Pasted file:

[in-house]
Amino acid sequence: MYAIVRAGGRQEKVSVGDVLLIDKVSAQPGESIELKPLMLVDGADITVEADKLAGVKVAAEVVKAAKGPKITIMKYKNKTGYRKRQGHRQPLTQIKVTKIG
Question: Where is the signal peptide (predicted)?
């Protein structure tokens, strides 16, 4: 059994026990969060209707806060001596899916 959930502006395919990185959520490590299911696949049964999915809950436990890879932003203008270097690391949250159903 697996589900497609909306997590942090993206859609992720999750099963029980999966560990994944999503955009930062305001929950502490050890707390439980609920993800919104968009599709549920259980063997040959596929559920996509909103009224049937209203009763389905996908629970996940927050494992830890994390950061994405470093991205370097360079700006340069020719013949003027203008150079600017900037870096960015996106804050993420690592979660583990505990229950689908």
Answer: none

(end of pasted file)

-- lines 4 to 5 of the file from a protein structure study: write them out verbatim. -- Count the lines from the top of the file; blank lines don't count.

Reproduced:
């Protein structure tokens, strides 16, 4: 059994026990969060209707806060001596899916 959930502006395919990185959520490590299911696949049964999915809950436990890879932003203008270097690391949250159903 697996589900497609909306997590942090993206859609992720999750099963029980999966560990994944999503955009930062305001929950502490050890707390439980609920993800919104968009599709549920259980063997040959596929559920996509909103009224049937209203009763389905996908629970996940927050494992830890994390950061994405470093991205370097360079700006340069020719013949003027203008150079600017900037870096960015996106804050993420690592979660583990505990229950689908």
Answer: none